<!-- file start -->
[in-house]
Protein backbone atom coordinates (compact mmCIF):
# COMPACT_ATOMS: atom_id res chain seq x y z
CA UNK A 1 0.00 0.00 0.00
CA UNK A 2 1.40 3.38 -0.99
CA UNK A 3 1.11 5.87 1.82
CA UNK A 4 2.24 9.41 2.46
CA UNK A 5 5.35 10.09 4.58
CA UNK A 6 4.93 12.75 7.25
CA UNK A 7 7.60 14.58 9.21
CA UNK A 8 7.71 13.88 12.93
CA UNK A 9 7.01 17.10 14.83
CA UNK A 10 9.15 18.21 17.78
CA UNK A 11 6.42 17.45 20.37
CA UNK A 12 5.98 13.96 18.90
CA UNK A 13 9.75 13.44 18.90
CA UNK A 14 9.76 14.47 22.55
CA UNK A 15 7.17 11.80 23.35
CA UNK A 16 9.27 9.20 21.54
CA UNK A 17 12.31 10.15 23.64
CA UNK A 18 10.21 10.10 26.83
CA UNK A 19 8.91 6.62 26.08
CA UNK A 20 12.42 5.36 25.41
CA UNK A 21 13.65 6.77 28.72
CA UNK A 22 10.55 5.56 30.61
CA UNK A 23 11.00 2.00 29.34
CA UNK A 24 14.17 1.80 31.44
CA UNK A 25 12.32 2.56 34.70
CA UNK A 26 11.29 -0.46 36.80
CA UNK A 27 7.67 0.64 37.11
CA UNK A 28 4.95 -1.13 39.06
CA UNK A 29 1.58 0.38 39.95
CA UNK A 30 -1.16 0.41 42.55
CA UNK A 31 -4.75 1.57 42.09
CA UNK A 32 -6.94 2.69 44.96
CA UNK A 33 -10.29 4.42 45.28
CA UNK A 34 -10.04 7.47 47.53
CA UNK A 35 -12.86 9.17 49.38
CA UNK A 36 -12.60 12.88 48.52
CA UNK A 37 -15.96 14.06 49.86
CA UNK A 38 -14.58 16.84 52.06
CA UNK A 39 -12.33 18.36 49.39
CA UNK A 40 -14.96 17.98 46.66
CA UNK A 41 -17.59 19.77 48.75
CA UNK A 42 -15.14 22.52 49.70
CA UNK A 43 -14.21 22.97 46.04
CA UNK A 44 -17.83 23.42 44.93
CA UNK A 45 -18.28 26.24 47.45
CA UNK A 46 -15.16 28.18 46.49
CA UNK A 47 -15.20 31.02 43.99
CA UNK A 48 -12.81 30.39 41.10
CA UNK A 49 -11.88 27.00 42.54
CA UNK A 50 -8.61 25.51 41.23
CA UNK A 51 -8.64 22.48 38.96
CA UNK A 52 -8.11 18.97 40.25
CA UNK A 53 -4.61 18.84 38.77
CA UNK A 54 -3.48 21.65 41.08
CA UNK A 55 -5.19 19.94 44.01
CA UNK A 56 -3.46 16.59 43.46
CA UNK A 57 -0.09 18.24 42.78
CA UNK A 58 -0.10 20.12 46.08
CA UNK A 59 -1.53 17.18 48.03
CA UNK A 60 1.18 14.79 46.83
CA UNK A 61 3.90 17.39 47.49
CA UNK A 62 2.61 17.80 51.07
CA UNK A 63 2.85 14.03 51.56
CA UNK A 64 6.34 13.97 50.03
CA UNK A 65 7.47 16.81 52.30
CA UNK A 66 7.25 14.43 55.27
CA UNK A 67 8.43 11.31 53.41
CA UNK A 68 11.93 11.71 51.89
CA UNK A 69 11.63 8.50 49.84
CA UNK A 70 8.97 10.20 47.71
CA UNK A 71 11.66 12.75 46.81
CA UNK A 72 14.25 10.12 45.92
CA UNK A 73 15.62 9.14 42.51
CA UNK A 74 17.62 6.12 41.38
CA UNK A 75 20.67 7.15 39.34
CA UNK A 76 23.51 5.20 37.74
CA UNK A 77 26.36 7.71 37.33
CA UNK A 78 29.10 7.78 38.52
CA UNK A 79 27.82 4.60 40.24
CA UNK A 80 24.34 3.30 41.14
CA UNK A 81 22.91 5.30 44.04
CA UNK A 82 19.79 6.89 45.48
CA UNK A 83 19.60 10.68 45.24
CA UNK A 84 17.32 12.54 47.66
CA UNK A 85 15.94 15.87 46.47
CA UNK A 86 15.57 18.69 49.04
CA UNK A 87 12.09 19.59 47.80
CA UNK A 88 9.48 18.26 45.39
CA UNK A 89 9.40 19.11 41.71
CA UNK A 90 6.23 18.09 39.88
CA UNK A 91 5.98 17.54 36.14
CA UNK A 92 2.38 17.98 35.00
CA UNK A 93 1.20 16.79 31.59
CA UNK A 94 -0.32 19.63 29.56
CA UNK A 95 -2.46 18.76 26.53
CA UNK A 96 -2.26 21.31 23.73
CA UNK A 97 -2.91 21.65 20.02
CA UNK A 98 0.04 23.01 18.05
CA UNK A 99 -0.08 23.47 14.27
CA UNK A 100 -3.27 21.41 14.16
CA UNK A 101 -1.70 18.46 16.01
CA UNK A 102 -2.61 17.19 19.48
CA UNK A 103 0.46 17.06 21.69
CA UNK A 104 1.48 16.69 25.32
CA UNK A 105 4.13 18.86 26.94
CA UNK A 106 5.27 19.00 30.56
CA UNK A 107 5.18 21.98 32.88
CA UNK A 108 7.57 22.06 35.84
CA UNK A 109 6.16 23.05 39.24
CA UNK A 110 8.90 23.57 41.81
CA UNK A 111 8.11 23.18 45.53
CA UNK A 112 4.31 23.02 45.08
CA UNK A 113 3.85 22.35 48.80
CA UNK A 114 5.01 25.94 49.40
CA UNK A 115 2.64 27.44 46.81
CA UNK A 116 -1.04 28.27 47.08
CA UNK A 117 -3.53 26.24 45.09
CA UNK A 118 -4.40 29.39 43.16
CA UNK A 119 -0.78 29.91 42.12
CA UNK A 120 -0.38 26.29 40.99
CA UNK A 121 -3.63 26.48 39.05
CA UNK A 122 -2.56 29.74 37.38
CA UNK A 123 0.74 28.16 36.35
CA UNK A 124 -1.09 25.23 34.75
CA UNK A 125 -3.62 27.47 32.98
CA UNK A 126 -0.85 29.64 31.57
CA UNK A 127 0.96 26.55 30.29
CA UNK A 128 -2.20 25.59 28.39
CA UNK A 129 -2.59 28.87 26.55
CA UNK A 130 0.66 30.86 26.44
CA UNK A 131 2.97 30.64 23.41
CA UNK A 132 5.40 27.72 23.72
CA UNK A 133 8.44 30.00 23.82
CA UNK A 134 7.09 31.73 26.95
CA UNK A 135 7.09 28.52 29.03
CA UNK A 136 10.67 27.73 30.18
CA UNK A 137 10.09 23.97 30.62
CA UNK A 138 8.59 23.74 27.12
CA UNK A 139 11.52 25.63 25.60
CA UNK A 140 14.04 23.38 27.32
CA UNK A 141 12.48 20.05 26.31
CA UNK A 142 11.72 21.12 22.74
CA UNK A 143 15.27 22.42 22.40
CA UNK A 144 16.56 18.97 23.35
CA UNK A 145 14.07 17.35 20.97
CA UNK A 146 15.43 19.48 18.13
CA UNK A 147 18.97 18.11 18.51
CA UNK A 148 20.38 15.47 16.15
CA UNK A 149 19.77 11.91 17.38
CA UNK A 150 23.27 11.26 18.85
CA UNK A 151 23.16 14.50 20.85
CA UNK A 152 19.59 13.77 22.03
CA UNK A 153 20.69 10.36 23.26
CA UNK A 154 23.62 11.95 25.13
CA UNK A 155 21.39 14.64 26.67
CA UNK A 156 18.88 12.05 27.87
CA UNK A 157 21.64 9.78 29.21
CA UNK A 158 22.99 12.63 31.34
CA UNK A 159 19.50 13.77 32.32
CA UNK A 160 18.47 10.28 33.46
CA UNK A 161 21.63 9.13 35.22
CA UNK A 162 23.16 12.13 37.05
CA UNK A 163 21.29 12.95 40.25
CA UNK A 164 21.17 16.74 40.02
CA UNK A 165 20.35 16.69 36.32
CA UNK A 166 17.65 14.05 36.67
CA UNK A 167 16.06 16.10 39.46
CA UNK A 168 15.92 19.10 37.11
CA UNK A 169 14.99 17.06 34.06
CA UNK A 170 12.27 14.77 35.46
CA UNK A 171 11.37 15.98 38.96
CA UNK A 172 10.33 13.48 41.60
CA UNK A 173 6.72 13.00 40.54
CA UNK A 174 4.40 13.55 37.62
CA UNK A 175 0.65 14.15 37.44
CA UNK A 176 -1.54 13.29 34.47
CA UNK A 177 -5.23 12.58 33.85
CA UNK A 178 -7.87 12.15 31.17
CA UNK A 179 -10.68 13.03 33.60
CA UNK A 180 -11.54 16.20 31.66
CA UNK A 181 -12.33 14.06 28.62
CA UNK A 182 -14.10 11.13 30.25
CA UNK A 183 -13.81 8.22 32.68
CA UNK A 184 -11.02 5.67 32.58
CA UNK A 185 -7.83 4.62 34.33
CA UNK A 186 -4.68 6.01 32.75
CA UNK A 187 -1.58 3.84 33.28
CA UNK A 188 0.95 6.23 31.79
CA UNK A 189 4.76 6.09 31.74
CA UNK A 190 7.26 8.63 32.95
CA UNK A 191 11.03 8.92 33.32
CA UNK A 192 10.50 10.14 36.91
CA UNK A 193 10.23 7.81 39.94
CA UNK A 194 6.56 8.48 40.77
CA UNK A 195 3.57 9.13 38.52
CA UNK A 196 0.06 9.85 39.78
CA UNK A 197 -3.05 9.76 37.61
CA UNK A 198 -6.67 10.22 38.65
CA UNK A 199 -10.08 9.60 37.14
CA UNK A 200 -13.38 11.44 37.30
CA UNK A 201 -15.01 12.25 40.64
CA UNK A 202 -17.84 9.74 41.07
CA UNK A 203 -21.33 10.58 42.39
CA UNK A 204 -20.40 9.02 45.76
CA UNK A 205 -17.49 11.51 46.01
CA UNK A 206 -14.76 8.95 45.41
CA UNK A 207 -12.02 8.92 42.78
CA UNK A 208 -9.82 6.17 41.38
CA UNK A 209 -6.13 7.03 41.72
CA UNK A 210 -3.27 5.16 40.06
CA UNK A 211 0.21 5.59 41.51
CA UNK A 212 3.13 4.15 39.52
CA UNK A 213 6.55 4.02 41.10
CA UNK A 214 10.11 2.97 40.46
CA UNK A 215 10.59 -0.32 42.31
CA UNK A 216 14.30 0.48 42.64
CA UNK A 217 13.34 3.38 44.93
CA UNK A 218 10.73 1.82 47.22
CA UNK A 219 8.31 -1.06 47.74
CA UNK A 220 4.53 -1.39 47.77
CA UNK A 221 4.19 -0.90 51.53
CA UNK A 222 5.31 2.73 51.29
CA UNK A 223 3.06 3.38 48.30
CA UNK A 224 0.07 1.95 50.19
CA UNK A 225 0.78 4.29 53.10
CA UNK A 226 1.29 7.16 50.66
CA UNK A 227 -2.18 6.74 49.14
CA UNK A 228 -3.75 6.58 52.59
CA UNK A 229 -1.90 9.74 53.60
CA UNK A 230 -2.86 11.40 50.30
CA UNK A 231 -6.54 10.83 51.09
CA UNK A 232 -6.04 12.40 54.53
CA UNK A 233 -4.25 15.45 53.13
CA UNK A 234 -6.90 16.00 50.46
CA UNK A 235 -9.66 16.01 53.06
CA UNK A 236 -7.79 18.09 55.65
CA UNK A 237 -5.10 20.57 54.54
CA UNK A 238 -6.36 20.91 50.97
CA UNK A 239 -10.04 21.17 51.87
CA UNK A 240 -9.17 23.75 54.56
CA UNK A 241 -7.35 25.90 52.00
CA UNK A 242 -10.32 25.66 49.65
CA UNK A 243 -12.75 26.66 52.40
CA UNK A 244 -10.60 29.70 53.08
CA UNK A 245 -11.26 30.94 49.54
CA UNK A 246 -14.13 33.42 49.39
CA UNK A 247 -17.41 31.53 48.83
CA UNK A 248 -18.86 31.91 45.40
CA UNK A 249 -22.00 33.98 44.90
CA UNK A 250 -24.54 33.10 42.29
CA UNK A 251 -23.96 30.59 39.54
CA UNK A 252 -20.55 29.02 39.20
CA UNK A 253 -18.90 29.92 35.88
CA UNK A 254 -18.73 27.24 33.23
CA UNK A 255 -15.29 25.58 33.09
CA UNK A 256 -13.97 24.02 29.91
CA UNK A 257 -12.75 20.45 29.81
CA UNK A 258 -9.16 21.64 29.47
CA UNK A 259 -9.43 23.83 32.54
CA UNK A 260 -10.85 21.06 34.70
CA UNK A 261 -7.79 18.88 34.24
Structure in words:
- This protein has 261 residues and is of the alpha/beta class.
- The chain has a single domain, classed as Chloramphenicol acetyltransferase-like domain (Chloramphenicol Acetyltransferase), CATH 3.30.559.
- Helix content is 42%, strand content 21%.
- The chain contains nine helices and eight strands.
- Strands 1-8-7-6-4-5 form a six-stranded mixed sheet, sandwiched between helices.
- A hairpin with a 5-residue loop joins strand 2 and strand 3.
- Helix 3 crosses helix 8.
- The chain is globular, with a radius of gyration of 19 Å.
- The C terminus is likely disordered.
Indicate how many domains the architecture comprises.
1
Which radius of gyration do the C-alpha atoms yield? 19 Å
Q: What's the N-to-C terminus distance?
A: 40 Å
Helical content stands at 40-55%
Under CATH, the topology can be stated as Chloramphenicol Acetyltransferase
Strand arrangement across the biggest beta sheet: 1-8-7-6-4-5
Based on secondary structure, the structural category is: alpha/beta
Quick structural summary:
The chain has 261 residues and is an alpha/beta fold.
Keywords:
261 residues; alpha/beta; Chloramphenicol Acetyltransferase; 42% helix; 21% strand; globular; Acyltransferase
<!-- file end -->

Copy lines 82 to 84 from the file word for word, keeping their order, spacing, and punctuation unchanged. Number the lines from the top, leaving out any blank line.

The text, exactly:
CA UNK A 79 27.82 4.60 40.24
CA UNK A 80 24.34 3.30 41.14
CA UNK A 81 22.91 5.30 44.04